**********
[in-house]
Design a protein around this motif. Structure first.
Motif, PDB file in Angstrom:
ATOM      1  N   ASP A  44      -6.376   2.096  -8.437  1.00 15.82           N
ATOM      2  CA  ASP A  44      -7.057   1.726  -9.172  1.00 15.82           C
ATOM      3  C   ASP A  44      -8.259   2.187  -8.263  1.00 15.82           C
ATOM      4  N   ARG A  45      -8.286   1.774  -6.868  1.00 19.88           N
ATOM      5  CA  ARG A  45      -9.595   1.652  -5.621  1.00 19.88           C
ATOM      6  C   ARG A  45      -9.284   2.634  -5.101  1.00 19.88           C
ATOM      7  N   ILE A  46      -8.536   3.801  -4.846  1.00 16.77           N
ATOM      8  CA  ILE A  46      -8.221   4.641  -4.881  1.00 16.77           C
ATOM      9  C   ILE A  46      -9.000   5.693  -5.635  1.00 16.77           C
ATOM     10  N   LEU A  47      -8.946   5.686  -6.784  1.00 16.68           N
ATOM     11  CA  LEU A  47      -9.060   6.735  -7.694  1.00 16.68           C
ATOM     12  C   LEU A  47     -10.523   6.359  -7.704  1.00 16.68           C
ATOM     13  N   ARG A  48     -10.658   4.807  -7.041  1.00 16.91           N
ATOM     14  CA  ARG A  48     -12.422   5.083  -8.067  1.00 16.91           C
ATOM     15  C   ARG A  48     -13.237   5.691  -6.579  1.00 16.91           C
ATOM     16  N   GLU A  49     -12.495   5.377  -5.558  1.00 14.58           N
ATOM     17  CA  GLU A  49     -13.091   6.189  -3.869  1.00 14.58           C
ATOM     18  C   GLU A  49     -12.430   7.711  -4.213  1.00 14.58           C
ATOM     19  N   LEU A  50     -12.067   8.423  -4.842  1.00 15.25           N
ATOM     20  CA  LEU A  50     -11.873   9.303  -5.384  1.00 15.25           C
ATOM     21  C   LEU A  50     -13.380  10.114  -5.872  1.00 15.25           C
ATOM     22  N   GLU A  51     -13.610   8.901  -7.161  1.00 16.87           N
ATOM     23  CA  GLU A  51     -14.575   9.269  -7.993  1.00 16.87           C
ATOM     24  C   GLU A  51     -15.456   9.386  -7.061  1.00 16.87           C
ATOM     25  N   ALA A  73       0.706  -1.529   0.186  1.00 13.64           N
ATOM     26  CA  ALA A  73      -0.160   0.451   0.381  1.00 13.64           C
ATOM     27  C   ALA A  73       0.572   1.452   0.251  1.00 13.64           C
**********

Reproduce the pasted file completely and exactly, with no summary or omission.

[in-house]
Design a protein around this motif. Structure first.
Motif, PDB file in Angstrom:
ATOM      1  N   ASP A  44      -6.376   2.096  -8.437  1.00 15.82           N
ATOM      2  CA  ASP A  44      -7.057   1.726  -9.172  1.00 15.82           C
ATOM      3  C   ASP A  44      -8.259   2.187  -8.263  1.00 15.82           C
ATOM      4  N   ARG A  45      -8.286   1.774  -6.868  1.00 19.88           N
ATOM      5  CA  ARG A  45      -9.595   1.652  -5.621  1.00 19.88           C
ATOM      6  C   ARG A  45      -9.284   2.634  -5.101  1.00 19.88           C
ATOM      7  N   ILE A  46      -8.536   3.801  -4.846  1.00 16.77           N
ATOM      8  CA  ILE A  46      -8.221   4.641  -4.881  1.00 16.77           C
ATOM      9  C   ILE A  46      -9.000   5.693  -5.635  1.00 16.77           C
ATOM     10  N   LEU A  47      -8.946   5.686  -6.784  1.00 16.68           N
ATOM     11  CA  LEU A  47      -9.060   6.735  -7.694  1.00 16.68           C
ATOM     12  C   LEU A  47     -10.523   6.359  -7.704  1.00 16.68           C
ATOM     13  N   ARG A  48     -10.658   4.807  -7.041  1.00 16.91           N
ATOM     14  CA  ARG A  48     -12.422   5.083  -8.067  1.00 16.91           C
ATOM     15  C   ARG A  48     -13.237   5.691  -6.579  1.00 16.91           C
ATOM     16  N   GLU A  49     -12.495   5.377  -5.558  1.00 14.58           N
ATOM     17  CA  GLU A  49     -13.091   6.189  -3.869  1.00 14.58           C
ATOM     18  C   GLU A  49     -12.430   7.711  -4.213  1.00 14.58           C
ATOM     19  N   LEU A  50     -12.067   8.423  -4.842  1.00 15.25           N
ATOM     20  CA  LEU A  50     -11.873   9.303  -5.384  1.00 15.25           C
ATOM     21  C   LEU A  50     -13.380  10.114  -5.872  1.00 15.25           C
ATOM     22  N   GLU A  51     -13.610   8.901  -7.161  1.00 16.87           N
ATOM     23  CA  GLU A  51     -14.575   9.269  -7.993  1.00 16.87           C
ATOM     24  C   GLU A  51     -15.456   9.386  -7.061  1.00 16.87           C
ATOM     25  N   ALA A  73       0.706  -1.529   0.186  1.00 13.64           N
ATOM     26  CA  ALA A  73      -0.160   0.451   0.381  1.00 13.64           C
ATOM     27  C   ALA A  73       0.572   1.452   0.251  1.00 13.64           C